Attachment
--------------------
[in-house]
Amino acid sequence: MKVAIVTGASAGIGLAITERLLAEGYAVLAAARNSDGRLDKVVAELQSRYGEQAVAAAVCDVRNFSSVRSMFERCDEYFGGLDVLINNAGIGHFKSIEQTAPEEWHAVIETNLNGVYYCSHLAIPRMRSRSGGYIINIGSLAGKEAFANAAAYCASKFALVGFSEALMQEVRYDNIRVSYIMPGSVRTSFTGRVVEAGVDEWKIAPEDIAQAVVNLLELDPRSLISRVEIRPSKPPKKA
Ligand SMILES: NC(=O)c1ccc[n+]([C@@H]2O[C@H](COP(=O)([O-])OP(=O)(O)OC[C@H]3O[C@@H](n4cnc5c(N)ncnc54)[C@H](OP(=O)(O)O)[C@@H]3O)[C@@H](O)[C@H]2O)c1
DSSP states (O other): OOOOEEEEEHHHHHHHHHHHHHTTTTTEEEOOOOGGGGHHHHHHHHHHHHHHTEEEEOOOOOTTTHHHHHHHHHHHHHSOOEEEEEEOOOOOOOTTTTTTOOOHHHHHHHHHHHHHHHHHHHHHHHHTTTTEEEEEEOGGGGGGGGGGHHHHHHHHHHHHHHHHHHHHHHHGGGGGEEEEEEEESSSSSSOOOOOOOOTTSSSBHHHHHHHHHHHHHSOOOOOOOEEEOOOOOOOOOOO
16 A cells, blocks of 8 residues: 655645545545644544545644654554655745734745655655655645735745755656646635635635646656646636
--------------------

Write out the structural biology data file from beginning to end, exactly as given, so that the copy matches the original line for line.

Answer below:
[in-house]
Amino acid sequence: MKVAIVTGASAGIGLAITERLLAEGYAVLAAARNSDGRLDKVVAELQSRYGEQAVAAAVCDVRNFSSVRSMFERCDEYFGGLDVLINNAGIGHFKSIEQTAPEEWHAVIETNLNGVYYCSHLAIPRMRSRSGGYIINIGSLAGKEAFANAAAYCASKFALVGFSEALMQEVRYDNIRVSYIMPGSVRTSFTGRVVEAGVDEWKIAPEDIAQAVVNLLELDPRSLISRVEIRPSKPPKKA
Ligand SMILES: NC(=O)c1ccc[n+]([C@@H]2O[C@H](COP(=O)([O-])OP(=O)(O)OC[C@H]3O[C@@H](n4cnc5c(N)ncnc54)[C@H](OP(=O)(O)O)[C@@H]3O)[C@@H](O)[C@H]2O)c1
DSSP states (O other): OOOOEEEEEHHHHHHHHHHHHHTTTTTEEEOOOOGGGGHHHHHHHHHHHHHHTEEEEOOOOOTTTHHHHHHHHHHHHHSOOEEEEEEOOOOOOOTTTTTTOOOHHHHHHHHHHHHHHHHHHHHHHHHTTTTEEEEEEOGGGGGGGGGGHHHHHHHHHHHHHHHHHHHHHHHGGGGGEEEEEEEESSSSSSOOOOOOOOTTSSSBHHHHHHHHHHHHHSOOOOOOOEEEOOOOOOOOOOO
16 A cells, blocks of 8 residues: 655645545545644544545644654554655745734745655655655645735745755656646635635635646656646636